TODAY’S POEM: “Pray When the Morn is Breaking” by Jane C. Simpson.
Today, we are completing David’s prayer found in 1 Chronicles 17:18-27 which reads.
Our featured prayer motivator quote is from Samuel Chadwick. He said: “There is no power like that of prevailing prayer, of Abraham pleading for Sodom, Jacob wrestling in the stillness of the night, Moses standing in the breach, Hannah intoxicated with sorrow, David heartbroken with remorse and grief, Jesus in sweat of blood. Add to this list from the records of the church your personal observation and experience, and always there is the cost of passion unto blood. Such prayer prevails. It turns ordinary mortals into men of power. It brings power. It brings fire. It brings rain. It brings life. It brings God.”
My personal encouragement for you today is this: A Christian cannot have a victorious, overcoming, and vibrant life without prayer. Of course, there are other important things a Christian needs as well such as the Word of God, the local church, and fellowship with other believers. But if we are to be successful in all of these areas, we must undergird these things with prayer.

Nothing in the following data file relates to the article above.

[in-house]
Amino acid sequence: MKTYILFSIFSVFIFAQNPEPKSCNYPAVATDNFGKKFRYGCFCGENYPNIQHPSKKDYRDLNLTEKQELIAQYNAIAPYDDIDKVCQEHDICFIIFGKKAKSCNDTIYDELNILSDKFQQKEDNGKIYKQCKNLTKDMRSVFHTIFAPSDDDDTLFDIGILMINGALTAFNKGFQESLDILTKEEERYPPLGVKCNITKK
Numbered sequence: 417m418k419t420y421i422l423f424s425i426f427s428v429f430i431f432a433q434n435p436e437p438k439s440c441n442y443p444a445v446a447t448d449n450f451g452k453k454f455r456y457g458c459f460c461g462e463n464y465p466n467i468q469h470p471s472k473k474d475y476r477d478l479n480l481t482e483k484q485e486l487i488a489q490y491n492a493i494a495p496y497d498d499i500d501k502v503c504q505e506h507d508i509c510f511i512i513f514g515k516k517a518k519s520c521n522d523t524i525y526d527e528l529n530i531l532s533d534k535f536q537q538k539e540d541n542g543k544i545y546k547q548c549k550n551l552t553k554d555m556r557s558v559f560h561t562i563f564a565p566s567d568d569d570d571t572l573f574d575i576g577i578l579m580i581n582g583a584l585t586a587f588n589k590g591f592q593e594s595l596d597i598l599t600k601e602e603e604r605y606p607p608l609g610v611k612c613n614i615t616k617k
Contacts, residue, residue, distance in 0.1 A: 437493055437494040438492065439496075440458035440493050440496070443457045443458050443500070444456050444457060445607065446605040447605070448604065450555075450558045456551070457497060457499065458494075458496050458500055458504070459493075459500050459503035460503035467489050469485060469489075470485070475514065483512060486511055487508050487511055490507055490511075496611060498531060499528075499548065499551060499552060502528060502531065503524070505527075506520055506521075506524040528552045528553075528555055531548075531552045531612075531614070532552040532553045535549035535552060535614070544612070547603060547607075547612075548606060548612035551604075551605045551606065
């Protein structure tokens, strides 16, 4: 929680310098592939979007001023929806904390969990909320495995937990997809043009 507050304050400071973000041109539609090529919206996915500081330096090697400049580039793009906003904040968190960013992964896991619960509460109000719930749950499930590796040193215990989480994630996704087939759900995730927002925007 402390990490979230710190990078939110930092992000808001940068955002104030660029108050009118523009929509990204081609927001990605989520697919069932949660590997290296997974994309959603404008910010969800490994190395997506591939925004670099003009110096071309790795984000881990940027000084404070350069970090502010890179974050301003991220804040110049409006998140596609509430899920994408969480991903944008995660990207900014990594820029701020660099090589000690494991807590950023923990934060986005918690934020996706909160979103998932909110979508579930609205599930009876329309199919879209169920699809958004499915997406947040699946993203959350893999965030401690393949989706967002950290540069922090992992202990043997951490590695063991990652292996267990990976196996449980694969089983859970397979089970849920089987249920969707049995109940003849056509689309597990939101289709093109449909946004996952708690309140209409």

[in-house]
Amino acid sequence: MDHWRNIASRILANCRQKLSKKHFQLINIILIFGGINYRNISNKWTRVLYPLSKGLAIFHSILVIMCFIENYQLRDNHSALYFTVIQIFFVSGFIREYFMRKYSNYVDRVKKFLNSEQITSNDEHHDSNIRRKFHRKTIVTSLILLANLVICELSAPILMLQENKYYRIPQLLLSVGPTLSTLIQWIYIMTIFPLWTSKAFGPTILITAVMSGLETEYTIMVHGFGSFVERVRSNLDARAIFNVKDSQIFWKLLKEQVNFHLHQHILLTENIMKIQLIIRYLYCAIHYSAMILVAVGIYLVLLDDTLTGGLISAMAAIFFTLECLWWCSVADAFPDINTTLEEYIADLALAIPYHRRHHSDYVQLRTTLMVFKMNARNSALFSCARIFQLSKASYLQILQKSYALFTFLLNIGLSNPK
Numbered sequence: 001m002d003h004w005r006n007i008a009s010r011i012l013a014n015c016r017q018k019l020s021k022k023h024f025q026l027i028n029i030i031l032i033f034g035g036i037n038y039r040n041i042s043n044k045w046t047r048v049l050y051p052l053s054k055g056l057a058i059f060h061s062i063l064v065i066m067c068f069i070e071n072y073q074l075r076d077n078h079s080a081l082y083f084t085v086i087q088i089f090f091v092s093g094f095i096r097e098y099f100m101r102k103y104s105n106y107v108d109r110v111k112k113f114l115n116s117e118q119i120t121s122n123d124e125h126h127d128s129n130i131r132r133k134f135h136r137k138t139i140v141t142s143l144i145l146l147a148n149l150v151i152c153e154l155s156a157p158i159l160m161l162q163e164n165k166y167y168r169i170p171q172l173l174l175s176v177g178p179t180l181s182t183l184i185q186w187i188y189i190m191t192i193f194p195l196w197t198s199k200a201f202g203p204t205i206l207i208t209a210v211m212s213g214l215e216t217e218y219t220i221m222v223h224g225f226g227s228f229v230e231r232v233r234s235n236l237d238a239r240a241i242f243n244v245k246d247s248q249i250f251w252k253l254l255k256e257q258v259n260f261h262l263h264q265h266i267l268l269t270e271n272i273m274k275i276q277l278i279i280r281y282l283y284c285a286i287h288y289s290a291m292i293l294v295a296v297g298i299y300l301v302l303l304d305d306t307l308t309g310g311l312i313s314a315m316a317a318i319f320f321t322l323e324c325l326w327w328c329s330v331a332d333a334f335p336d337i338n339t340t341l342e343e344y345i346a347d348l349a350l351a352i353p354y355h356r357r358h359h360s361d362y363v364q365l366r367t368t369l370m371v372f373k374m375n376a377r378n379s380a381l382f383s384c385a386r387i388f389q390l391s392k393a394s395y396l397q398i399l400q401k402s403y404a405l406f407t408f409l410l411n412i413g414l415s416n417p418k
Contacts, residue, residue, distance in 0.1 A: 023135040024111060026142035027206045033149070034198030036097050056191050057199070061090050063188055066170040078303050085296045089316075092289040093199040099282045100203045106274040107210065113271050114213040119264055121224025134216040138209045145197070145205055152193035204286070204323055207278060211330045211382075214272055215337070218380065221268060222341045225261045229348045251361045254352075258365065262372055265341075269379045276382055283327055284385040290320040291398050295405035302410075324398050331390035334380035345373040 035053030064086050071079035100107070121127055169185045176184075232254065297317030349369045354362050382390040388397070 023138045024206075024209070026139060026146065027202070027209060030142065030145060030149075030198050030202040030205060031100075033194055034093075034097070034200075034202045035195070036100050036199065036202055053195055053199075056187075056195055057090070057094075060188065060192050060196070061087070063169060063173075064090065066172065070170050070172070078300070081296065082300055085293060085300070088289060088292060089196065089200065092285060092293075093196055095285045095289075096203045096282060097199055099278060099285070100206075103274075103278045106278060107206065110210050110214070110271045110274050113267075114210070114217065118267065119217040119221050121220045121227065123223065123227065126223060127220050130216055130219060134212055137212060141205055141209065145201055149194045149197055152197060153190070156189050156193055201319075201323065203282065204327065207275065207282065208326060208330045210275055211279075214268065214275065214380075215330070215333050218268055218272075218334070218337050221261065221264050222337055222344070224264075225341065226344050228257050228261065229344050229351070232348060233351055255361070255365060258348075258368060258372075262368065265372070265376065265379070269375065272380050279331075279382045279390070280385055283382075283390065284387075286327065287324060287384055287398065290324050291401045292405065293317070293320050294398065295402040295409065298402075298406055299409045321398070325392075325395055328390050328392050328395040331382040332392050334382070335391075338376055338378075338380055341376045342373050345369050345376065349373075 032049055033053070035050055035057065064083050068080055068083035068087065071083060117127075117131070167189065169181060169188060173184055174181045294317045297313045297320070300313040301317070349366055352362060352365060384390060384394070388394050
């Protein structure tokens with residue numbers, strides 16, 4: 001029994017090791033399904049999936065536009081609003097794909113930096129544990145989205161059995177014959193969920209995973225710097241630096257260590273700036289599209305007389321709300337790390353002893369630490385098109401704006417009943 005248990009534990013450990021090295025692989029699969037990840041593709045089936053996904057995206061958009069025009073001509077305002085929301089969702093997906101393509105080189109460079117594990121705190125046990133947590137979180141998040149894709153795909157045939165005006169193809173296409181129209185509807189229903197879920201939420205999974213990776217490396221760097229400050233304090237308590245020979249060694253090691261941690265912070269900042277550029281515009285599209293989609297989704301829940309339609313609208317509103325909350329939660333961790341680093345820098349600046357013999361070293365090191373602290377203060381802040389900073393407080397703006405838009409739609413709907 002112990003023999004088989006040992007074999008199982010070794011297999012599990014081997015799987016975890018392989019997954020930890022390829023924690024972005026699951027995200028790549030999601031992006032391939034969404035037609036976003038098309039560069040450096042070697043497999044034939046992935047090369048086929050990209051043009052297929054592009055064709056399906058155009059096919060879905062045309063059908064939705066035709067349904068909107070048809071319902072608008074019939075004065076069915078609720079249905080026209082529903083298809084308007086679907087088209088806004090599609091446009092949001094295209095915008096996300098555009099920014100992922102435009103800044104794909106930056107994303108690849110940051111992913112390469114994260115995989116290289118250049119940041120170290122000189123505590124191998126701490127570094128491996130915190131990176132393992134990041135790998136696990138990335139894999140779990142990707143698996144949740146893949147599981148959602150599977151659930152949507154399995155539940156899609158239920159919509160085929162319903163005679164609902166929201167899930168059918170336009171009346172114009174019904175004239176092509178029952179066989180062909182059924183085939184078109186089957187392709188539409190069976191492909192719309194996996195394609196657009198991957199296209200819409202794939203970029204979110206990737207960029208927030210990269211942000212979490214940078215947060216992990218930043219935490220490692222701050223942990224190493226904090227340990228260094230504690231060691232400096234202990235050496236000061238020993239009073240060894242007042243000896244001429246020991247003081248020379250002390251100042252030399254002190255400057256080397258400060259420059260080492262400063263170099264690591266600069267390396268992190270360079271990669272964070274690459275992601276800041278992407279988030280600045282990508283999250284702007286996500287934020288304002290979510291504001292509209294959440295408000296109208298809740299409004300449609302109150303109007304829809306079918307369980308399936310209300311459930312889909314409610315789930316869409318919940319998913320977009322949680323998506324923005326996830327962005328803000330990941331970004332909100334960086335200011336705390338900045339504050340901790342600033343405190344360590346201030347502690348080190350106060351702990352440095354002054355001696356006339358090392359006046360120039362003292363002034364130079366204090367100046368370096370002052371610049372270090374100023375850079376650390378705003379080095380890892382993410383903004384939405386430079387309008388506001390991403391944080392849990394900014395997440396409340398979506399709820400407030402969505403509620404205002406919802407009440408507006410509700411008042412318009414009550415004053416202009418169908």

Our prayer motivator devotional today is titled “THE POSSIBILITIES OF TRUE PRAYER” part 2 from the book, “Purpose in Prayer” by E.M. Bounds.
It is not an easy thing to pray. Back of the praying there must lie all the conditions of prayer. These conditions are possible, but they are not to be seized on in a moment by the prayerless. Present they always may be to the faithful and holy, but cannot exist in nor be met by a frivolous, negligent, laggard spirit. Prayer does not stand alone. It is not an isolated performance. Prayer stands in closet connection with all the duties of an ardent piety. It is the issuance of a character which is made up of the elements of a vigorous and commanding faith. Prayer honours God, acknowledges His being, exalts His power, adores His providence, secures His aid. A sneering half-rationalism cries out against devotion, that it does nothing but pray. But to pray well is to do all things well. If it be true that devotion does nothing but pray, then it does nothing at all. To do nothing but pray fails to do the praying, for the antecedent, coincident, and subsequent conditions of prayer are but the sum of all the energised forces of a practical, working piety.
The possibilities of prayer run parallel with the promises of God. Prayer opens an outlet for the promises, removes the hindrances in the way of their execution, puts them into working order, and secures their gracious ends. More than this, prayer like faith, obtains promises, enlarges their operation, and adds to the measure of their results. God’s promises were to Abraham and to his seed, but many a barren womb, and many a minor obstacle stood in the way of the fulfillment of these promises; but prayer removed them all, made a highway for the promises, added to the facility and speediness of their realisation, and by prayer the promise shone bright and perfect in its execution.